Bears have killed people. That is an indisputable fact. “The average is about one a year,” says Herrero. Since record keeping began in 1906, there is documented evidence of at least 49 grizzly-related deaths in North America, and 33 deaths attributed to black bears. That’s a total of 82 deaths in 88 years, which is close to the number of people annually killed by lightning.
So how afraid should backcountry hikers be while in bear country? “I don’t think they should have much fear at all,” says Herrero. “They should have concern and use caution. Fear is an immobilizing force and can cause a person to do the wrong thing at a time when doing the wrong thing could prove fatal. So arm yourself with knowledge and foresight, with concern and respect.”
Most run-ins, says Herrero, fall into two categories: sudden encounters and food-related incidents. Like most wild animals, grizzlies seem to have a critical distance in which they feel comfortable. When that space is violated, they become defensive. Unfortunately, there are no hard and fast rules. A bear feeding or caught in the open where it feels exposed may not tolerate a close approach, whereas a bear hidden by thick vegetation may let you walk right past. A bear that has become somewhat habituated to people may be less spooked by humans. Critical distance is most important when sows with cubs are involved. Grizzlies protect their young ferociously and do not tolerate close encounters. More than 70 percent of the sudden-encounter incidents studied by Herrero involved sows and cubs.
To avoid a surprise encounter, most experts suggest that you travel alertly, using your senses to both detect and spot bears from as great a distance as possible. Some experts suggest making noise-talking loudly, clapping hands, singing, or wearing “bear bells,” although this last item is somewhat controversial-not for its effectiveness in shooing bears, but in the way it affects the wilderness experience. Group travel is also a good idea, probably because the inevitable chatter and noise scares bears away. Each of the last four grizzly-related deaths in Glacier have involved solo hikers, as have several attacks in Yellowstone. Herrero’s research turned up no cases of attacks on parties of six or more.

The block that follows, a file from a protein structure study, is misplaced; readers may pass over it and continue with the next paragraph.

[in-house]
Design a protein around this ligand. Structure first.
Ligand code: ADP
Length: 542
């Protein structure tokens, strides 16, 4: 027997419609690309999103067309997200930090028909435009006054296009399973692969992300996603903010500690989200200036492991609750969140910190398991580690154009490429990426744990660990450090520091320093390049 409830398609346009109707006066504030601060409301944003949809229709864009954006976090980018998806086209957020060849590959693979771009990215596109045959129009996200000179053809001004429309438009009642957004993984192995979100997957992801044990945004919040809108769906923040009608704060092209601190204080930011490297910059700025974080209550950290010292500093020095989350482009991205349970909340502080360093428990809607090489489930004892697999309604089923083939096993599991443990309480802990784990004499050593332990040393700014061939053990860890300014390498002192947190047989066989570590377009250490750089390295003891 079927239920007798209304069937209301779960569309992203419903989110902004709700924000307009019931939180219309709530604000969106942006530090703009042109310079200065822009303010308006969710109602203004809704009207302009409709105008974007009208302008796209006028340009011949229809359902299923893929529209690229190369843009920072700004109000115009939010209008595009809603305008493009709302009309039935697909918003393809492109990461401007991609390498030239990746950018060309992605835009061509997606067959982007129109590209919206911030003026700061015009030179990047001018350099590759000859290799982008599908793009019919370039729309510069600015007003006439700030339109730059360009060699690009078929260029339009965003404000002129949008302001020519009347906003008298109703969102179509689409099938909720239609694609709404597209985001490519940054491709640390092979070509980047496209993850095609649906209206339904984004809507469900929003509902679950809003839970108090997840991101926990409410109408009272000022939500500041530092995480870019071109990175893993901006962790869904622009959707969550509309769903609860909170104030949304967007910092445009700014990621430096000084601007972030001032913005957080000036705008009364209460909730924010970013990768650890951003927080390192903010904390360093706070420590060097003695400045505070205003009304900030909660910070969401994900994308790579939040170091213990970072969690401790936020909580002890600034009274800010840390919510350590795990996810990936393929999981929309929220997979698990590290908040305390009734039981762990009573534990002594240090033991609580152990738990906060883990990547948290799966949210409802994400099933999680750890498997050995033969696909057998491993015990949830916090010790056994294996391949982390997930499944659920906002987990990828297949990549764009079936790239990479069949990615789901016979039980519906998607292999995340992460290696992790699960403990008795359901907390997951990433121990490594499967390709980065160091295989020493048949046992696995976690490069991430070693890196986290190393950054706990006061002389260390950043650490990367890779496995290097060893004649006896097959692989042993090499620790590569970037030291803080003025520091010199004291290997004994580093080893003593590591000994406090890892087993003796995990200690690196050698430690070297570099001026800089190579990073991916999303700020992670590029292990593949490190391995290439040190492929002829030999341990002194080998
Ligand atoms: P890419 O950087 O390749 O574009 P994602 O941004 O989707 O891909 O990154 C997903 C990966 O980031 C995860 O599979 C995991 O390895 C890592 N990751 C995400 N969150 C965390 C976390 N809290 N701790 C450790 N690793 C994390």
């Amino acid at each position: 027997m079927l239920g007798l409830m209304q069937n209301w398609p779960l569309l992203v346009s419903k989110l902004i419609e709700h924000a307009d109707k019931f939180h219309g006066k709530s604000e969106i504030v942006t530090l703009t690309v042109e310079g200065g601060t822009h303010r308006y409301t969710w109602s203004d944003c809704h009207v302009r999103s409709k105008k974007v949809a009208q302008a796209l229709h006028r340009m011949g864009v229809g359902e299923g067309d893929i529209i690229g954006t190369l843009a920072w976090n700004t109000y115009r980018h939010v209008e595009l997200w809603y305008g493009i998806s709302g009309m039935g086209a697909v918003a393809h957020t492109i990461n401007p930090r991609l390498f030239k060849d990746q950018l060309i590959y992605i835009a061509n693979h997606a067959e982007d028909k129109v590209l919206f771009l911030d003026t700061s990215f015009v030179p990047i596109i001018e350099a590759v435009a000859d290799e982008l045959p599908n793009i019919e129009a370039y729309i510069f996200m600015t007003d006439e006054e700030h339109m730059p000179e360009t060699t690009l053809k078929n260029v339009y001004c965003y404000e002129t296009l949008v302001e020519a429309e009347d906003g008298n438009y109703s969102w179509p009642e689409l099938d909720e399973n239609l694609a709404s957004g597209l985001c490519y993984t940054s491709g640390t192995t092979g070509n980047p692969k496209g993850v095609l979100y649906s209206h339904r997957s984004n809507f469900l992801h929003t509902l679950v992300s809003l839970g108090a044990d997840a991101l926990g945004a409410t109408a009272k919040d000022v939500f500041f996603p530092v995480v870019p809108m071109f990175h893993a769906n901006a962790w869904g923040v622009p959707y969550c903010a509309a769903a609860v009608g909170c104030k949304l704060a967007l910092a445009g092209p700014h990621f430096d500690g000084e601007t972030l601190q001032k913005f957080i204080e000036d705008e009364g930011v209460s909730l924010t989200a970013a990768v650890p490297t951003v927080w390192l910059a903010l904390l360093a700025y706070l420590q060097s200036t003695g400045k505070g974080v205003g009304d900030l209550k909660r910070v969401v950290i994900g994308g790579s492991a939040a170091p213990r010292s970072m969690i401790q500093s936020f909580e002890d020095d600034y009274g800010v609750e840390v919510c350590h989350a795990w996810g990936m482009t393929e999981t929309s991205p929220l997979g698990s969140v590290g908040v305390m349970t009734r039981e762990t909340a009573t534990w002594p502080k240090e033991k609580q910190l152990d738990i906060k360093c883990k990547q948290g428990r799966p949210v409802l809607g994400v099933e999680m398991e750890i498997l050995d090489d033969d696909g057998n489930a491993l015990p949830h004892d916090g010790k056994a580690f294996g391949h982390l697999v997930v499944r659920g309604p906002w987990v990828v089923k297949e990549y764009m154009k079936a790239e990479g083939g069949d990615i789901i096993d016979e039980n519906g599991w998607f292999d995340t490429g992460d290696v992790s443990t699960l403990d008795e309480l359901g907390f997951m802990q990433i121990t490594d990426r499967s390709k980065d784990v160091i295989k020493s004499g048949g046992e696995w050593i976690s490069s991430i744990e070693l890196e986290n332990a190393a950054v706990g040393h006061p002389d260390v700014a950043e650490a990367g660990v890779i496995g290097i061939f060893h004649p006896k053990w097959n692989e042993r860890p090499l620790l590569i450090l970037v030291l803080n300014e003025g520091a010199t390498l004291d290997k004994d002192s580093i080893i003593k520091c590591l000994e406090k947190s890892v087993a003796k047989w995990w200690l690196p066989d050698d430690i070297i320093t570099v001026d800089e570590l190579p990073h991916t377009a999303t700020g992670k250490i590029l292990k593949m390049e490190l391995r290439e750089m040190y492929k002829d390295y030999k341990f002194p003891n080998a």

Habituation to humans and human food is another factor that puts bears and backcountry visitors at risk. Studies in Great Smoky Mountains National Park show that panhandling black bears have a life span up to 50 percent shorter than bears in the wild, their days cut short by poachers luring them with food, rangers taking action when humans are at risk, or by eating indigestible items. Habituation also puts people at risk. At least 10 grizzly-related deaths in national parks, including Glacier’s famous “night of the grizzlies” deaths, involved bears habituated to human food.
Fortunately, keeping bears away from human food is perhaps the easiest factor to control in bear safety. Bear-proof garbage cans, dump closings, and regulations against feeding bears have had a major impact on bear behavior. In Alaska’s Glacier Bay and Denali national parks, all backcountry campers are required to carry bear-proof food canisters.
At King’s Canyon, Sequoia, and Yosemite national parks in California the canisters are strongly recommended. “It used to be garbage and food-related incidents that we worried about the most,” says Herrero, “but these have fallen off, while sudden encounters have remained constant.”
The fact that bears and humans can co-exist when the two-leggeds possess the proper knowledge and respect is illustrated at Alaska’s McNeil River Sanctuary. There, under a strict permit system and clearly prescribed regulations, 295 people a year come in extremely close contact with as many as 125 grizzlies feeding on the river’s salmon. It’s one of the greatest wildlife-human gatherings on earth, and since the permit system began in 1973, no humans or bears have been killed.
“Bears do not have a sinister personality,” says biologist Derek Stonorov of Alaska’s Department of Fish and Game, who has observed for years the peaceable interaction of bears and people at McNeil River. “They are not out to get somebody. They are not even particularly aggressive. It is difficult for them not to move away from people or other bears. If we look at them with out preconceived notions, they are not at all a fearsome creature.”